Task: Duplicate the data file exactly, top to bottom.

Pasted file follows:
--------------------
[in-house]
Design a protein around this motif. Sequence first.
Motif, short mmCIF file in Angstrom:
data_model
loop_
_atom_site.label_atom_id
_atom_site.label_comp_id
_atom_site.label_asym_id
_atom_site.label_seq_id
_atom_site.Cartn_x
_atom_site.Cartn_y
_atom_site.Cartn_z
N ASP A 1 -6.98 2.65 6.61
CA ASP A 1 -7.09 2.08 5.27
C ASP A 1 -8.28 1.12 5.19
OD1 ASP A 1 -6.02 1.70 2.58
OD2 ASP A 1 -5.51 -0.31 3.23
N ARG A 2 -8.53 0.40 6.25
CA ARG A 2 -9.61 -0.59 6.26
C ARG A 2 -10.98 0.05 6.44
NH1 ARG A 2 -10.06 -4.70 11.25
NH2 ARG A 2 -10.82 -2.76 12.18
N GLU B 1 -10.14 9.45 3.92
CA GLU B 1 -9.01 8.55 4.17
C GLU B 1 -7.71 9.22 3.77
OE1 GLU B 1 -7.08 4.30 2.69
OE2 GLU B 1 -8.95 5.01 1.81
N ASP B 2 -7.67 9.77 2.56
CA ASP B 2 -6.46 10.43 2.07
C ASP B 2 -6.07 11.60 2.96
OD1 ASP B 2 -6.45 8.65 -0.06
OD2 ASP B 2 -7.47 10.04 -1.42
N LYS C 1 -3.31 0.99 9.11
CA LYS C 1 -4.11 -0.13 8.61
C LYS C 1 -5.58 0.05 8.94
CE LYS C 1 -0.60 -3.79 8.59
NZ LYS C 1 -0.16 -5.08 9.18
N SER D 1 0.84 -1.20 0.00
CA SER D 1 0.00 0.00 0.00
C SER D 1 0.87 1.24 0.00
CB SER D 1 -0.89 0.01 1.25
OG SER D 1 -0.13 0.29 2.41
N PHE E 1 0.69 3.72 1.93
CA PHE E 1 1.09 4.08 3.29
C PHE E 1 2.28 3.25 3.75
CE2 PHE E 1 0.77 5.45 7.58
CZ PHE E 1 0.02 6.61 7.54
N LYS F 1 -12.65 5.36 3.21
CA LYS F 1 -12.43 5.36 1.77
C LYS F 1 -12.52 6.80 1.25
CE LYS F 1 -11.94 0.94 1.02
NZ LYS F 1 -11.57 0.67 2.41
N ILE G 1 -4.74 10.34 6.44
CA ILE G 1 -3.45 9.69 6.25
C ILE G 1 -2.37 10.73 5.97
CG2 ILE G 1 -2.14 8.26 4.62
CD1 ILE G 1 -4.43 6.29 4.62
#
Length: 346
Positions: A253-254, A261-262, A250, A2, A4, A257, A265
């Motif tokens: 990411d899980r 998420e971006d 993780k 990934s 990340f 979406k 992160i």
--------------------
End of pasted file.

[in-house]
Design a protein around this motif. Sequence first.
Motif, short mmCIF file in Angstrom:
data_model
loop_
_atom_site.label_atom_id
_atom_site.label_comp_id
_atom_site.label_asym_id
_atom_site.label_seq_id
_atom_site.Cartn_x
_atom_site.Cartn_y
_atom_site.Cartn_z
N ASP A 1 -6.98 2.65 6.61
CA ASP A 1 -7.09 2.08 5.27
C ASP A 1 -8.28 1.12 5.19
OD1 ASP A 1 -6.02 1.70 2.58
OD2 ASP A 1 -5.51 -0.31 3.23
N ARG A 2 -8.53 0.40 6.25
CA ARG A 2 -9.61 -0.59 6.26
C ARG A 2 -10.98 0.05 6.44
NH1 ARG A 2 -10.06 -4.70 11.25
NH2 ARG A 2 -10.82 -2.76 12.18
N GLU B 1 -10.14 9.45 3.92
CA GLU B 1 -9.01 8.55 4.17
C GLU B 1 -7.71 9.22 3.77
OE1 GLU B 1 -7.08 4.30 2.69
OE2 GLU B 1 -8.95 5.01 1.81
N ASP B 2 -7.67 9.77 2.56
CA ASP B 2 -6.46 10.43 2.07
C ASP B 2 -6.07 11.60 2.96
OD1 ASP B 2 -6.45 8.65 -0.06
OD2 ASP B 2 -7.47 10.04 -1.42
N LYS C 1 -3.31 0.99 9.11
CA LYS C 1 -4.11 -0.13 8.61
C LYS C 1 -5.58 0.05 8.94
CE LYS C 1 -0.60 -3.79 8.59
NZ LYS C 1 -0.16 -5.08 9.18
N SER D 1 0.84 -1.20 0.00
CA SER D 1 0.00 0.00 0.00
C SER D 1 0.87 1.24 0.00
CB SER D 1 -0.89 0.01 1.25
OG SER D 1 -0.13 0.29 2.41
N PHE E 1 0.69 3.72 1.93
CA PHE E 1 1.09 4.08 3.29
C PHE E 1 2.28 3.25 3.75
CE2 PHE E 1 0.77 5.45 7.58
CZ PHE E 1 0.02 6.61 7.54
N LYS F 1 -12.65 5.36 3.21
CA LYS F 1 -12.43 5.36 1.77
C LYS F 1 -12.52 6.80 1.25
CE LYS F 1 -11.94 0.94 1.02
NZ LYS F 1 -11.57 0.67 2.41
N ILE G 1 -4.74 10.34 6.44
CA ILE G 1 -3.45 9.69 6.25
C ILE G 1 -2.37 10.73 5.97
CG2 ILE G 1 -2.14 8.26 4.62
CD1 ILE G 1 -4.43 6.29 4.62
#
Length: 346
Positions: A253-254, A261-262, A250, A2, A4, A257, A265
């Motif tokens: 990411d899980r 998420e971006d 993780k 990934s 990340f 979406k 992160i």